There is growing frustration with the amount of testing our young children are subjected to. I have noticed a significant loss of instruction time, an increased level of stress in the classroom and a poor message to our children about the importance of tests.
The average fourth-grade student is 9 years old and is required by the state Department of Education to prepare for three state exams in the spring: English Language Arts, math and science. These tests total eight days of administration, as well as three to six weeks of test preparation. In total, our children are losing four to six weeks of in-class instruction time per test.
Our children also take ELA and math tests three times a year to monitor their progress. They also take pre- and post-assessment tests in art, music, library, physical education and social studies, totaling 21 standardized tests annually. The numbers are the same for grades three to six, with the exception of the state science test.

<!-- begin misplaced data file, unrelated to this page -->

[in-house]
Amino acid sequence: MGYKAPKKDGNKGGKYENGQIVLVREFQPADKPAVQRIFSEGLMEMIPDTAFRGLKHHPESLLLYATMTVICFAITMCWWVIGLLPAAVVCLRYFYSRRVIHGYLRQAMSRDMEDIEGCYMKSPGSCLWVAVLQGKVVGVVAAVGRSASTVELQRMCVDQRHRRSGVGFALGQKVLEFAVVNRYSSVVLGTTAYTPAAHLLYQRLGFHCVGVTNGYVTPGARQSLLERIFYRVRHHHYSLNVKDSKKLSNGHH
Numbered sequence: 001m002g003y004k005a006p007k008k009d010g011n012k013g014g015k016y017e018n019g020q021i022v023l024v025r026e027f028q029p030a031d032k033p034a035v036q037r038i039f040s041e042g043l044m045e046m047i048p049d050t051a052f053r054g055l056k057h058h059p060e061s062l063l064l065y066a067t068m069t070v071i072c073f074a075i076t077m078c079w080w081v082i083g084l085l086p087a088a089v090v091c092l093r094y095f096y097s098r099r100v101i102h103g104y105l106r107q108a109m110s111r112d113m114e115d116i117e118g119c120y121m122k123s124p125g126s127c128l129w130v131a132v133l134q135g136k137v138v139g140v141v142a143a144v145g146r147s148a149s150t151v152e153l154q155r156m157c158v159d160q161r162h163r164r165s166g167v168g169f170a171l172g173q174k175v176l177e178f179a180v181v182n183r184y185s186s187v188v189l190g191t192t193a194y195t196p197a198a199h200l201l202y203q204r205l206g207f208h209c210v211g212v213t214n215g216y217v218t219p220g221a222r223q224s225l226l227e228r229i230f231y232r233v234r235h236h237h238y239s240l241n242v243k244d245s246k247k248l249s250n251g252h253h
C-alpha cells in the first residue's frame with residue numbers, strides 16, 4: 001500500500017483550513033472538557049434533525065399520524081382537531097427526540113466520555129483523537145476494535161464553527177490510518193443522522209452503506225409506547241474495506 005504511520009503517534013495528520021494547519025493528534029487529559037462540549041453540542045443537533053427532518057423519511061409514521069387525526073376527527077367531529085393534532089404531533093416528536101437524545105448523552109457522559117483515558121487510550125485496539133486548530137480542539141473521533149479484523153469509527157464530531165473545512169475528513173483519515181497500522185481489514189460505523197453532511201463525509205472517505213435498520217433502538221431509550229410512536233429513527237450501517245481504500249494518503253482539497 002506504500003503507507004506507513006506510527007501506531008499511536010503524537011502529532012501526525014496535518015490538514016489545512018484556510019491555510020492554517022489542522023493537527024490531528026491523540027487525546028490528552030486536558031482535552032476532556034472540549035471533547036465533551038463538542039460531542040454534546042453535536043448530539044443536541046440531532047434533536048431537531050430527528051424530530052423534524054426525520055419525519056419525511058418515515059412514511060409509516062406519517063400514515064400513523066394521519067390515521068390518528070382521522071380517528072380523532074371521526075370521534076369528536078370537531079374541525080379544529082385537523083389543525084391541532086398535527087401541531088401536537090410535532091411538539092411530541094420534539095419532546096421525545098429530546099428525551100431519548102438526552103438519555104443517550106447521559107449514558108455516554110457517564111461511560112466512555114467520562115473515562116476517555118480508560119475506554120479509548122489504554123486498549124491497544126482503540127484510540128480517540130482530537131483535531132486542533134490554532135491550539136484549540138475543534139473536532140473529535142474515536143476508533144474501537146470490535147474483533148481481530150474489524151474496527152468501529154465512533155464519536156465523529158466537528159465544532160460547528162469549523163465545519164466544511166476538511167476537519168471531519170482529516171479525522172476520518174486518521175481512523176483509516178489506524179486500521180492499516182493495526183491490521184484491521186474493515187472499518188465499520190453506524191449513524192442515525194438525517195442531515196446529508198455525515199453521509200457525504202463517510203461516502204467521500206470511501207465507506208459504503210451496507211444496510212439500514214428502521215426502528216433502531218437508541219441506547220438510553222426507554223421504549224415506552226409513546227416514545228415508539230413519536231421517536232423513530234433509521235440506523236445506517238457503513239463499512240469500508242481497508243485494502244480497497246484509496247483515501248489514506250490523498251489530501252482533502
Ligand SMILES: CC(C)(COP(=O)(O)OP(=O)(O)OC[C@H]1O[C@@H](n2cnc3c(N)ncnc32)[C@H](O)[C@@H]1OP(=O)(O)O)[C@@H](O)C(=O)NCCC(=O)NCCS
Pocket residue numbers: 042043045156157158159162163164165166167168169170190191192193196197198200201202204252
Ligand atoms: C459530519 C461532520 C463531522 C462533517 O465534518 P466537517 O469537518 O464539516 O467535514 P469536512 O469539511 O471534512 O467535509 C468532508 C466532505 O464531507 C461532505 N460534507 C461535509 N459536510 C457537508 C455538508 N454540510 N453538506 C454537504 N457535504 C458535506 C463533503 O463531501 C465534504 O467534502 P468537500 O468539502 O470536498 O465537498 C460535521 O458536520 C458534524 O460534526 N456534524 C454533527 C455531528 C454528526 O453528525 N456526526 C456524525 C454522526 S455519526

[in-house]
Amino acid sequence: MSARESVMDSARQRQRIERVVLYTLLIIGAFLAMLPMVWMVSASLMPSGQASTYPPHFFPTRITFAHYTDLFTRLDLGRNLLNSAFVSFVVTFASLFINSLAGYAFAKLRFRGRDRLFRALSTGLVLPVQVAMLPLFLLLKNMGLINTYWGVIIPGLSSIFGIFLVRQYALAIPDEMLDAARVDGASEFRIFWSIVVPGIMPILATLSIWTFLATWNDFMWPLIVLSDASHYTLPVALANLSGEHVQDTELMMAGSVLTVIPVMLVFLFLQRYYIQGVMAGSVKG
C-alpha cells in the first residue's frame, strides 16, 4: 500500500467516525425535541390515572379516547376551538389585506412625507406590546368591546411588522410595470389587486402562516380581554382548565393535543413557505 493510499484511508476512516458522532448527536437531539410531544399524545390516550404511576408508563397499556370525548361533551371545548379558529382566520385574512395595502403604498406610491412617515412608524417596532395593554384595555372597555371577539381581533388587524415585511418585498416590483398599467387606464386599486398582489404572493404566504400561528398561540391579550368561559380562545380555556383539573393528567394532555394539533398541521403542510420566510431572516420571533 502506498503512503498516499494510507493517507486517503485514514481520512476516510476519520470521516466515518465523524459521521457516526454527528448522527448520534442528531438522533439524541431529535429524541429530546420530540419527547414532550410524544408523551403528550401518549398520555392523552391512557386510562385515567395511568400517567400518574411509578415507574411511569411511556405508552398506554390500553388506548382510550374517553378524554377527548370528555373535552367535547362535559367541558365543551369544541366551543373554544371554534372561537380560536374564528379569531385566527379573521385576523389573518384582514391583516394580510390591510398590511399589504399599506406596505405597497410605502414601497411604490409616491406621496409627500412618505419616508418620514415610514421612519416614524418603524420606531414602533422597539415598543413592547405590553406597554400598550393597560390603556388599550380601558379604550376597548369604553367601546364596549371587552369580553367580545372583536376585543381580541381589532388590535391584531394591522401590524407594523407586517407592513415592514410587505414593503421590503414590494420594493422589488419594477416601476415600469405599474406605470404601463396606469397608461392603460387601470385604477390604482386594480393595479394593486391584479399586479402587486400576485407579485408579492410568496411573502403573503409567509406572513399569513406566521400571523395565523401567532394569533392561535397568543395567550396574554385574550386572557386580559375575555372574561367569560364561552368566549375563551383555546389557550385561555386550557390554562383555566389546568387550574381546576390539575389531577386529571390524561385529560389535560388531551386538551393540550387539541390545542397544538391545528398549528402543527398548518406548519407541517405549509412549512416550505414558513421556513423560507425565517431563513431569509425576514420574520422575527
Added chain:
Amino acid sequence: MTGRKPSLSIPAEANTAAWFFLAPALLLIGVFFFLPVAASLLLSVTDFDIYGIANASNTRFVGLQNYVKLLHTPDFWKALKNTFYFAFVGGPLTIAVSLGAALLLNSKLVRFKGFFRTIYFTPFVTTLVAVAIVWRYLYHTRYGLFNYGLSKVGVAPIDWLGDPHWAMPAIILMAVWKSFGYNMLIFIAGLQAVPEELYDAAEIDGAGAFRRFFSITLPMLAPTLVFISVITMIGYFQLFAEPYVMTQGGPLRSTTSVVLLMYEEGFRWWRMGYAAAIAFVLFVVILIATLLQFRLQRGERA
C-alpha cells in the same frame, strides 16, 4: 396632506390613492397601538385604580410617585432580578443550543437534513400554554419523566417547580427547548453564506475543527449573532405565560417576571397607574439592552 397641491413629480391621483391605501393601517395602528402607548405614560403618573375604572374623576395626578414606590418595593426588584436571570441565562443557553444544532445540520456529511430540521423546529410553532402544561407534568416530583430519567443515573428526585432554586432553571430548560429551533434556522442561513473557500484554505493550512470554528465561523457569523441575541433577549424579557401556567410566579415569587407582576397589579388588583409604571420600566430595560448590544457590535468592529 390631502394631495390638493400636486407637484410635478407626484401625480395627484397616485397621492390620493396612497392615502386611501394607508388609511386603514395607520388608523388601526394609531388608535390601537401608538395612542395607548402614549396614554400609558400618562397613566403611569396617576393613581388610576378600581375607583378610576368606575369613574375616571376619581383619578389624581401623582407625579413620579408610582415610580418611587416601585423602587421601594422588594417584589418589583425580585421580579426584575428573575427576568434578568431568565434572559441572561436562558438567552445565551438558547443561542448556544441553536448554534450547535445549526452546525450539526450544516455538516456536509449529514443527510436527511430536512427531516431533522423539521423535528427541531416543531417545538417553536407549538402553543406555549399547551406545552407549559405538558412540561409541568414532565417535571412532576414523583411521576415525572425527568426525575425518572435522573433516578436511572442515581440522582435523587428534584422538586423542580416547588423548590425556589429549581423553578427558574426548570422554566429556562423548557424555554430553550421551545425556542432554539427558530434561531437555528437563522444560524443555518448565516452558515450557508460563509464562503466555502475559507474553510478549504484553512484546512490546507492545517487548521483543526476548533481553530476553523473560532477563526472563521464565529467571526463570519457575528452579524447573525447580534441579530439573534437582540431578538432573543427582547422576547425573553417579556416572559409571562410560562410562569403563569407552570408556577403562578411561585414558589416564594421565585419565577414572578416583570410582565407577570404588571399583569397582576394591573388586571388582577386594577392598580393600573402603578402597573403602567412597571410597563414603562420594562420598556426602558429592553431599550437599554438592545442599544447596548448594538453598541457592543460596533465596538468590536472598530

It is no wonder we are seeing a loss of hands-on, inquiry-based learning in our classrooms. With the emphasis on math and ELA testing, we are witnessing the erosion of science and social studies from the curriculum.
Excessive testing teaches our children that there is only one right answer in academics and in life. It takes the joy out of learning and minimizes the value and importance of taking a test when it really counts. And it is ruining public education.
As an immediate solution, members of the Bennett School PTA are encouraging our parent body in grades three to six to refuse the state tests in ELA, math and science this spring. These tests are inappropriate for our children, are unfair to our teachers, take away valuable classroom time and are not part of our child’s overall grade or individual assessment.
We intend to send a message to the state.
Heather Roberts, Vice President
Bennett School PTA